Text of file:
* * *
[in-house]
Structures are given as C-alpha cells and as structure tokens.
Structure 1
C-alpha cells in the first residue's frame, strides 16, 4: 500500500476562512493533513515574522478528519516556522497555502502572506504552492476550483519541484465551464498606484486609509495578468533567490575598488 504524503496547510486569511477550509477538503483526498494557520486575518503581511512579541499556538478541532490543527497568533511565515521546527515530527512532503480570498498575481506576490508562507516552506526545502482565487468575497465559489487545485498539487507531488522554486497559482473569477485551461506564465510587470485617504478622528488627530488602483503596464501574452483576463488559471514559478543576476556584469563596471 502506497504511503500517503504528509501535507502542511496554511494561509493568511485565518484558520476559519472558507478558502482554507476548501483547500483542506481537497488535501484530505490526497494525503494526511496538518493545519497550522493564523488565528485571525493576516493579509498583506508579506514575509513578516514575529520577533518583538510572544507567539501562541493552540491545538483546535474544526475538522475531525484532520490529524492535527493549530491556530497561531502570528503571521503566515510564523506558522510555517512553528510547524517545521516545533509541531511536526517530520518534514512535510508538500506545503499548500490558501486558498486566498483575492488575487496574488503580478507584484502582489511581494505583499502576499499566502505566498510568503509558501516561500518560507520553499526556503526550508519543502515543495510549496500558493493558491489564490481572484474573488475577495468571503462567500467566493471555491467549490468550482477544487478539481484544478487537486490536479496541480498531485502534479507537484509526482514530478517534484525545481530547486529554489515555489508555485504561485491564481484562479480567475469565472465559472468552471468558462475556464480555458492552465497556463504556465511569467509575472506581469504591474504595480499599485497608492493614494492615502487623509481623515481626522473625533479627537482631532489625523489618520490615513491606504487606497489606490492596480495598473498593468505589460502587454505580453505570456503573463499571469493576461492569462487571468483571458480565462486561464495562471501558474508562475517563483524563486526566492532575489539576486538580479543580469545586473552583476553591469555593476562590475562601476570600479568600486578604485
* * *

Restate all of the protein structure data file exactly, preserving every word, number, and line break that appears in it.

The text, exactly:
[in-house]
Structures are given as C-alpha cells and as structure tokens.
Structure 1
C-alpha cells in the first residue's frame, strides 16, 4: 500500500476562512493533513515574522478528519516556522497555502502572506504552492476550483519541484465551464498606484486609509495578468533567490575598488 504524503496547510486569511477550509477538503483526498494557520486575518503581511512579541499556538478541532490543527497568533511565515521546527515530527512532503480570498498575481506576490508562507516552506526545502482565487468575497465559489487545485498539487507531488522554486497559482473569477485551461506564465510587470485617504478622528488627530488602483503596464501574452483576463488559471514559478543576476556584469563596471 502506497504511503500517503504528509501535507502542511496554511494561509493568511485565518484558520476559519472558507478558502482554507476548501483547500483542506481537497488535501484530505490526497494525503494526511496538518493545519497550522493564523488565528485571525493576516493579509498583506508579506514575509513578516514575529520577533518583538510572544507567539501562541493552540491545538483546535474544526475538522475531525484532520490529524492535527493549530491556530497561531502570528503571521503566515510564523506558522510555517512553528510547524517545521516545533509541531511536526517530520518534514512535510508538500506545503499548500490558501486558498486566498483575492488575487496574488503580478507584484502582489511581494505583499502576499499566502505566498510568503509558501516561500518560507520553499526556503526550508519543502515543495510549496500558493493558491489564490481572484474573488475577495468571503462567500467566493471555491467549490468550482477544487478539481484544478487537486490536479496541480498531485502534479507537484509526482514530478517534484525545481530547486529554489515555489508555485504561485491564481484562479480567475469565472465559472468552471468558462475556464480555458492552465497556463504556465511569467509575472506581469504591474504595480499599485497608492493614494492615502487623509481623515481626522473625533479627537482631532489625523489618520490615513491606504487606497489606490492596480495598473498593468505589460502587454505580453505570456503573463499571469493576461492569462487571468483571458480565462486561464495562471501558474508562475517563483524563486526566492532575489539576486538580479543580469545586473552583476553591469555593476562590475562601476570600479568600486578604485